Block sliding down an incline then collides with another block question.

In summary: Good job on finding the correct answer!In summary, the question asks for the velocity of a block of mass m=4 kg after it collides elastically with another block of mass M=17 kg that is initially sliding down a frictionless inclined plane at a height of 6 m. Using the conservation of momentum formula, V2f=(2m1/(m1+m2))V1i, and the conservation of energy formula, mgh=1/2mv^2, the final velocity of m is calculated to be 17.57 m/s. However, due to slight differences in digits, the computer program may not approve the answer.
  • #1
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Homework Statement



In the diagram below, a block of mass M=17 kg slides down a frictionless inclined plane and collides elastically with another block of mass m=4 kg. If the mass at the top of the wedge is initially at a height of 6 m above the horizontal plane, what is the velocity of m after the collision?

[URL]http://capa.mcgill.ca/res/mcgill/dcmcgill/oldproblems/LernerCh10/graphics/lerner10_13.gif[/URL]

Homework Equations



conservation of energy formula, conservation of momentum formula. shown below in my attempt at the solution.

The Attempt at a Solution



I used the momentum formula to find V2f

V2f=(2m1/(m1+m2))V1i+(m2-m1)/(m1+m2)V2i

Since V2i of the smaller mass is zero, I'm only left with the first part, which is.

V2f=(2m1/(m1+m2)V1i

substituting the masses in I get V2f=34/21 V1i

To solve for V1i, I used mgh=1/2mv^2. (m=17kg, g=9.8, h=6m) and I got V1i=10.84m/s.

Then substituting the value i got back into the previous equation, V2f=34/21 * 10.84 = 17.56 m/s. This answer is obviously shown by the computer to be NOT correct. I don't understand where I went wrong, because I even used the conservation of kinetic energy to check that before and after the kinetic energy is the same! Please help!
 
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  • #2
lillybeans said:

Homework Statement



In the diagram below, a block of mass M=17 kg slides down a frictionless inclined plane and collides elastically with another block of mass m=4 kg. If the mass at the top of the wedge is initially at a height of 6 m above the horizontal plane, what is the velocity of m after the collision?

[URL]http://capa.mcgill.ca/res/mcgill/dcmcgill/oldproblems/LernerCh10/graphics/lerner10_13.gif[/URL]

Homework Equations



conservation of energy formula, conservation of momentum formula. shown below in my attempt at the solution.

The Attempt at a Solution



I used the momentum formula to find V2f

V2f=(2m1/(m1+m2))V1i+(m2-m1)/(m1+m2)V2i

Since V2i of the smaller mass is zero, I'm only left with the first part, which is.

V2f=(2m1/(m1+m2)V1i

substituting the masses in I get V2f=34/21 V1i

To solve for V1i, I used mgh=1/2mv^2. (m=17kg, g=9.8, h=6m) and I got V1i=10.84m/s.

Then substituting the value i got back into the previous equation, V2f=34/21 * 10.84 = 17.56 m/s. This answer is obviously shown by the computer to be NOT correct. I don't understand where I went wrong, because I even used the conservation of kinetic energy to check that before and after the kinetic energy is the same! Please help!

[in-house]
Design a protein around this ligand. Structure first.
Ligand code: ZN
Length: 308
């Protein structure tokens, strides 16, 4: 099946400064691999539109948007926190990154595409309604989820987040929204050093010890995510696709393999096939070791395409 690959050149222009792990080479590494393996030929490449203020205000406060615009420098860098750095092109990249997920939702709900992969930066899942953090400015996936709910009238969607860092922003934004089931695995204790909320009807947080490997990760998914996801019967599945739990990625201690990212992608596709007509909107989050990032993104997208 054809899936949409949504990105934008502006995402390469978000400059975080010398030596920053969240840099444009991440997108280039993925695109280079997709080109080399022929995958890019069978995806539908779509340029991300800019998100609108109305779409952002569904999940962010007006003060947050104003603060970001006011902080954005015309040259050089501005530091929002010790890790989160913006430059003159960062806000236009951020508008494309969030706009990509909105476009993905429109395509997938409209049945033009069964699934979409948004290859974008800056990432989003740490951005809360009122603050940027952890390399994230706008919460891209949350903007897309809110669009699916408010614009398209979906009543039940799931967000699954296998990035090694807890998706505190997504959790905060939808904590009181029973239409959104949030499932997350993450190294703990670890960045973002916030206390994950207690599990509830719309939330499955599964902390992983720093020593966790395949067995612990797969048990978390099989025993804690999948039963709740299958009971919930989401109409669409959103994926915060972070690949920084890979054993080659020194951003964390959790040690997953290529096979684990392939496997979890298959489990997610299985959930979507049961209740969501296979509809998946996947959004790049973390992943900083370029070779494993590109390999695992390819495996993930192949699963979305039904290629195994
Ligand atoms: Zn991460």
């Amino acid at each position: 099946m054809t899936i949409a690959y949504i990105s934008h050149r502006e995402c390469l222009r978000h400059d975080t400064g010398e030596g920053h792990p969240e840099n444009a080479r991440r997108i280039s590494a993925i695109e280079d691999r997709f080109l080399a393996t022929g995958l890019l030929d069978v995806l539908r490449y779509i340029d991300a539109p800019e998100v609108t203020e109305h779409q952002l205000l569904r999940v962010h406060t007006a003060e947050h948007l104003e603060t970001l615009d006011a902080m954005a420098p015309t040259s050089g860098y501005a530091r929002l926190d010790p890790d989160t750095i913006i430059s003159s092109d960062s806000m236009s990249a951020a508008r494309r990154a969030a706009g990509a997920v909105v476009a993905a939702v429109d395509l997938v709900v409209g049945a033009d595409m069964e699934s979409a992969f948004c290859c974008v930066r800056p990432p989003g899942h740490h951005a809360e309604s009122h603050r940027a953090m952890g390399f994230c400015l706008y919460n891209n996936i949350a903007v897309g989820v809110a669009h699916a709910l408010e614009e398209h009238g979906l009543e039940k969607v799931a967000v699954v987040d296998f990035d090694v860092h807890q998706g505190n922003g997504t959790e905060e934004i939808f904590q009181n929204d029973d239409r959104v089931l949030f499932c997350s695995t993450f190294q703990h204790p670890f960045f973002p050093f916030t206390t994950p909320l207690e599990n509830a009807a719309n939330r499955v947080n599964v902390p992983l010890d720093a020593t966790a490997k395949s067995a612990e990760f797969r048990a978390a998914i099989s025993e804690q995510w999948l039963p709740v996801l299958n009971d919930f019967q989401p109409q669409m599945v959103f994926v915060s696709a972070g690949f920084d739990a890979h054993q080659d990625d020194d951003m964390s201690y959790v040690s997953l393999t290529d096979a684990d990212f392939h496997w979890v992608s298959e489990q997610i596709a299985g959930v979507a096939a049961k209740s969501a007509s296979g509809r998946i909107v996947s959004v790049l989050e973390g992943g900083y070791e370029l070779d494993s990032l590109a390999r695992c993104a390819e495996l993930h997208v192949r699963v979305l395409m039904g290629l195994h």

Nevermind I got it. the right answer is 17.57 m/s, which is extremely close to what i got but the computer program did not approve my first answer for reasons god knows why.
 
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  • #3
CAPA sucks eh...haha. I attempted the problem the same way too and got an incorrect answer, my digits were slightly off.
 

1. What is the physics behind a block sliding down an incline and colliding with another block?

The motion of a block sliding down an incline and colliding with another block is governed by Newton's laws of motion. The first law states that an object will remain at rest or continue to move at a constant velocity unless acted upon by an external force. The second law states that the acceleration of an object is directly proportional to the net force acting on it and inversely proportional to its mass. The third law states that for every action, there is an equal and opposite reaction.

2. How does the mass of the blocks affect their motion when colliding?

The mass of the blocks affects their motion when colliding in two ways. First, the heavier block will have a greater inertia and will require a larger force to be accelerated. Second, the heavier block will exert a greater force on the lighter block, causing it to accelerate more. This results in a transfer of momentum between the two blocks.

3. What factors influence the speed of the blocks after the collision?

The speed of the blocks after the collision is influenced by several factors. These include the masses of the blocks, the angle of the incline, the coefficient of friction between the blocks and the incline, and the elasticity of the collision (whether it is an elastic or inelastic collision).

4. How does the angle of the incline affect the motion of the blocks?

The angle of the incline affects the motion of the blocks in two ways. First, a steeper incline will result in a greater gravitational force acting on the blocks, causing them to accelerate faster. Second, the angle of the incline will affect the normal force acting on the blocks, which will in turn affect their frictional force and ultimately their acceleration.

5. What is the difference between an elastic and an inelastic collision?

An elastic collision is one in which the total kinetic energy of the system is conserved, meaning the objects bounce off each other without any loss of energy. In contrast, an inelastic collision is one in which the objects stick together after colliding and some kinetic energy is lost in the form of heat or deformation. In the case of blocks colliding on an incline, the collision is most likely inelastic due to the friction and deformation of the blocks.

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